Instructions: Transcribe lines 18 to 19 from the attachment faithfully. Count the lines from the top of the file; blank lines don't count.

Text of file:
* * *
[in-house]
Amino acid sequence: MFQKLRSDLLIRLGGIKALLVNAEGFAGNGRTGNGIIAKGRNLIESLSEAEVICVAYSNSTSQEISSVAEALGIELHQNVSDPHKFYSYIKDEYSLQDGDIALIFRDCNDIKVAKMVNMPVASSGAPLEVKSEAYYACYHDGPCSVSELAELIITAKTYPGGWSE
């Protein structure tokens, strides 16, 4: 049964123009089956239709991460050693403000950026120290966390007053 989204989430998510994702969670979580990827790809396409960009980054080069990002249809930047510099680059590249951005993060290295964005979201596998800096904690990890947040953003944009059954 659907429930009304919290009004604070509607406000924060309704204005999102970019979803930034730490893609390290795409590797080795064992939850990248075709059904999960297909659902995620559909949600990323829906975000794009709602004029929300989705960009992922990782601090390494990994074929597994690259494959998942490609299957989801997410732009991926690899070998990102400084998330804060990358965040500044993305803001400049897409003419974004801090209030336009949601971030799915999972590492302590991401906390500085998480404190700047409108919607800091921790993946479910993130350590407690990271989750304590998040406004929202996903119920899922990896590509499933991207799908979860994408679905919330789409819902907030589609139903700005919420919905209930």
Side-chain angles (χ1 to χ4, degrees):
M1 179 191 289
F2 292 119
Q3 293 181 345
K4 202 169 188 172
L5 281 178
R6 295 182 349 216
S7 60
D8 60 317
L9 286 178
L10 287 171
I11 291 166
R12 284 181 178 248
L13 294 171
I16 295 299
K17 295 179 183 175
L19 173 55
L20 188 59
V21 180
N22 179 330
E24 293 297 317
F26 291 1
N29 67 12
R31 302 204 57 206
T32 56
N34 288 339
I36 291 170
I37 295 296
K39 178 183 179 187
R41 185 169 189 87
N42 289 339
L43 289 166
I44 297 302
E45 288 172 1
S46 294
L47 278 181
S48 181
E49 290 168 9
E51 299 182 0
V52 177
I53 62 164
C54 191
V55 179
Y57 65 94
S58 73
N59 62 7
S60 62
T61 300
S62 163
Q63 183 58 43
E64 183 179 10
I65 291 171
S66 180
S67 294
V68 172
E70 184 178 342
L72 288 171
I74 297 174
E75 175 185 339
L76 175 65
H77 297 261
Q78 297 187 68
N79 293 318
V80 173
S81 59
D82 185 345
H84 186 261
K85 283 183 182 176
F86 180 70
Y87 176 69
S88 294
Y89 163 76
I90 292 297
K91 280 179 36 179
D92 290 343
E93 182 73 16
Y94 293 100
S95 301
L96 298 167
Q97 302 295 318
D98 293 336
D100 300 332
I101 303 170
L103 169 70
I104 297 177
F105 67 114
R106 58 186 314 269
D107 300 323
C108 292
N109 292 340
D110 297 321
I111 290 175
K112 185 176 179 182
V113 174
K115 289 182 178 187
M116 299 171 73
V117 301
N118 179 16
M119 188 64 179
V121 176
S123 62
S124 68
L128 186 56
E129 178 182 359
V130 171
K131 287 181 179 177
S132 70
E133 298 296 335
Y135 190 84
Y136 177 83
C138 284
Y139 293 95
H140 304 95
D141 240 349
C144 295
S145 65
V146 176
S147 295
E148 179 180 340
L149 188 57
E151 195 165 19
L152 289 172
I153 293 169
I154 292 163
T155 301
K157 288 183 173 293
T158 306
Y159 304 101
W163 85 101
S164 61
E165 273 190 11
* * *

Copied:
I16 295 299
K17 295 179 183 175